After further investigation, Tuvok, Tom Paris, and Lieutenant B'Elanna Torres discover that Marayna is actually a projection of someone from outside of the ship. Tracing the uplink, they discover a small cloaked station. Responding to an ultimatum from her, Tuvok returns to the holodeck to meet her alone, and then beams over to confront the real Marayna. Marayna disables Tuvok's communication with Voyager and tells Tuvok her story. In reality, it is she who holds the nebula together with the dampening fields for the benefit of her people, who often visit to observe the beauty of the nebula. However, she's become lonely and she frequently taps into nearby ships' computers to find out about their visitors.

Marayna alien

The real Marayna

Marayna reveals that she had never encountered anything like the holodeck and tapped herself into it so she could interact with the crew. This, in turn, allowed her to meet Tuvok who was much like her--interested in being separate from those around him--whereupon she developed feelings for him. After some discussion, Tuvok convinces Marayna to allow him to return to Voyager. Before he goes, however, Tuvok encourages Marayna to contact her people and have them find a replacement for her in this lonely assignment so she can seek company among her own kind again.

After his return to the ship Tuvok is playing kal-toh in his quarters. He then pauses and deactivates the game. He goes to the holodeck and, finding Harry Kim there, offers to teach him kal-toh. Harry apologizes for his earlier behavior and tells him that he was under the impression it took years to learn kal-toh, which Tuvok confirms. A holo-woman comes up and offers to join them and they simultaneously refuse her company, but Tuvok then (somewhat uncharacteristically) thanks her for the offer.

This episode or film summary is incomplete

This episode summary has been identified as lacking essential detail, and as such needs attention. Feel free to edit this page to assist with this expansion.

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Log Entries Edit

  • "Captain's log, Stardate 50460.3. We've been investigating an inversion nebula for several days. This phenomenon has never been seen in the Alpha Quadrant and is proving something of a mystery to us, here."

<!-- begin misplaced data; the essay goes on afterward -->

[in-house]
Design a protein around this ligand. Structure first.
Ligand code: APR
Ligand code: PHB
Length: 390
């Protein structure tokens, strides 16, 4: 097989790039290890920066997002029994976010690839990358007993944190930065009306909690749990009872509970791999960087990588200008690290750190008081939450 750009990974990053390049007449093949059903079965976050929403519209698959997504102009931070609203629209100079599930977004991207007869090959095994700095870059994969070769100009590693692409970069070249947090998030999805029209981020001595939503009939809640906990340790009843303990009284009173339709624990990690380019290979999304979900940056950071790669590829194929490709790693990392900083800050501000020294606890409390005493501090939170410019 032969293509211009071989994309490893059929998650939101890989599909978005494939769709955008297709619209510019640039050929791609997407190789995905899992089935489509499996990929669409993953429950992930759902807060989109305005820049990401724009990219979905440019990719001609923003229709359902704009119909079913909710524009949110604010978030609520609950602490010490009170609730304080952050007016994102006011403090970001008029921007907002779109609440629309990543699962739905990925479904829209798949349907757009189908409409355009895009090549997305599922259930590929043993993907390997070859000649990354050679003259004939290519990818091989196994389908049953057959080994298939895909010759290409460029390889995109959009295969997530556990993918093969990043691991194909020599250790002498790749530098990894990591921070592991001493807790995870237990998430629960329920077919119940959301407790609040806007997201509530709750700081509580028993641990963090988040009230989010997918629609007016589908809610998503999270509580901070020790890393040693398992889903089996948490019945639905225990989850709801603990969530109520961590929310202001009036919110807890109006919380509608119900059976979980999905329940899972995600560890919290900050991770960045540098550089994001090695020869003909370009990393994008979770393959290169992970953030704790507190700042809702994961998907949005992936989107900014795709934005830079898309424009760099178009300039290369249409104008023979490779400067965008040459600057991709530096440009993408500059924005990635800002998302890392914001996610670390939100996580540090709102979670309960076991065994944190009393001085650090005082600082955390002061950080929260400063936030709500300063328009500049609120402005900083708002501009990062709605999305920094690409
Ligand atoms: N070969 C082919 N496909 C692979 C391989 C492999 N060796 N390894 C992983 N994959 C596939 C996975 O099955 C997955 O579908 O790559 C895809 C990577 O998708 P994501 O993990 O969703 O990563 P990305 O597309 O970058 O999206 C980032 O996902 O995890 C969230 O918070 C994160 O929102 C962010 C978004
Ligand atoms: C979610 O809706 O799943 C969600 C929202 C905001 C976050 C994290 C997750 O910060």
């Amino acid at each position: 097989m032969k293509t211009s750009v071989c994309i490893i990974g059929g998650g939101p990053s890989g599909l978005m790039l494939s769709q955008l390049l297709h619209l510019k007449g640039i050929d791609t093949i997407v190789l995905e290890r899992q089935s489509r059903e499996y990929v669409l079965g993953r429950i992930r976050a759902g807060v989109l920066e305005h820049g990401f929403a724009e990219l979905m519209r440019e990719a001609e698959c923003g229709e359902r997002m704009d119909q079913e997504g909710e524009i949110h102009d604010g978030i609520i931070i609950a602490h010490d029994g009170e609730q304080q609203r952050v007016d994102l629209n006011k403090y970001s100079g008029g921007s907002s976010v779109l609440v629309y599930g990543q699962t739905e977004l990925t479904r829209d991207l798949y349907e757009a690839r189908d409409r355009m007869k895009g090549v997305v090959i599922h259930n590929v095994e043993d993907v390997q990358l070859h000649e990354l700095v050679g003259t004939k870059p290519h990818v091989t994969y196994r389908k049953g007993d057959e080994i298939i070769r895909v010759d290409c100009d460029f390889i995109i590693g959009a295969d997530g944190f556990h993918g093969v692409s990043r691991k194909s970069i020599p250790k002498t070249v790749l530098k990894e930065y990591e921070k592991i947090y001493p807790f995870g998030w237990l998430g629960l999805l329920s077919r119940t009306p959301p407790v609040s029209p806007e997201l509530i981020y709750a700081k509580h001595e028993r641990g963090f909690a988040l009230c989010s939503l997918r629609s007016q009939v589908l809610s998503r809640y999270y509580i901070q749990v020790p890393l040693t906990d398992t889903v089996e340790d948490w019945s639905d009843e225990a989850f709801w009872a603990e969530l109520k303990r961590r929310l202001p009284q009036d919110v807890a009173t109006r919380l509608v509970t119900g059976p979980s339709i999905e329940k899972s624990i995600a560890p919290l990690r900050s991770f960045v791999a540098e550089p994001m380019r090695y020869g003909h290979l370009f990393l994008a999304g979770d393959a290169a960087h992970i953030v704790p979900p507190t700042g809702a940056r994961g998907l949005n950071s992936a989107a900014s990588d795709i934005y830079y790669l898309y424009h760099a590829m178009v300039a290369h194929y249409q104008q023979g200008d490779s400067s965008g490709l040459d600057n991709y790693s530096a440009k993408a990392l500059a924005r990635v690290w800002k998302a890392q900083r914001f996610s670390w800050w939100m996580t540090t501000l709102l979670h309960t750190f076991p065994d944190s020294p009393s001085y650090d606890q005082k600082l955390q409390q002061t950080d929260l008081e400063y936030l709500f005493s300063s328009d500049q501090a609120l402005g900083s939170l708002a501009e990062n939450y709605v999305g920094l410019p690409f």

• "Captain's log, supplemental. We've completed sensor scans and confirmed our discovery of an unusual dampening field responsible for keeping this unstable nebula from going up in flames. The field's origin is still a mystery."
  • "Security Chief's log, stardate 50471.3. The remaining damage to the ship was easily repaired, and we soon left Marayna's nebula behind. Voyager is back on course, and I have resumed my normal routine."

Memorable Quotes Edit

"You're in love with a computer sub-routine?"
"That's the problem."

- Tuvok and Harry Kim

"Kal-toh is to chess as chess is to tic-tac-toe."

- Tuvok

"Vulcans do not hydrosail."

- Tuvok

"Are you two friends?"

- Marayna, with Harry Kim and Tuvok answering her simultaneously

"I tried a reverse curl this morning... I think I pulled a tendon. Feel that."
"It's like a knot!"
"I'm sure it is."

- Marayna, Harry Kim, and Tuvok

"I have already taken the liberty of reserving a table, Lieutenant, with a view of the lakeside. You did express a fondness for that particular vista."
"I did?"
"Five days ago, in a conversation we had in Engineering regarding holodeck programs."
"I guess, maybe I did."

- Vorik and B'Elanna Torres

"Forget about her."
"What did Tom say to you?"
"Not a single word. I saw the way you were looking at Marayna yesterday."
"Hi, my name's Harry Read Me Like A Book Kim."
"It's not that bad."
"Apparently, it is."

- Harry Kim and B'Elanna Torres

"Mr. Kim, I value our working relationship. I would not allow a holodeck character to disrupt that."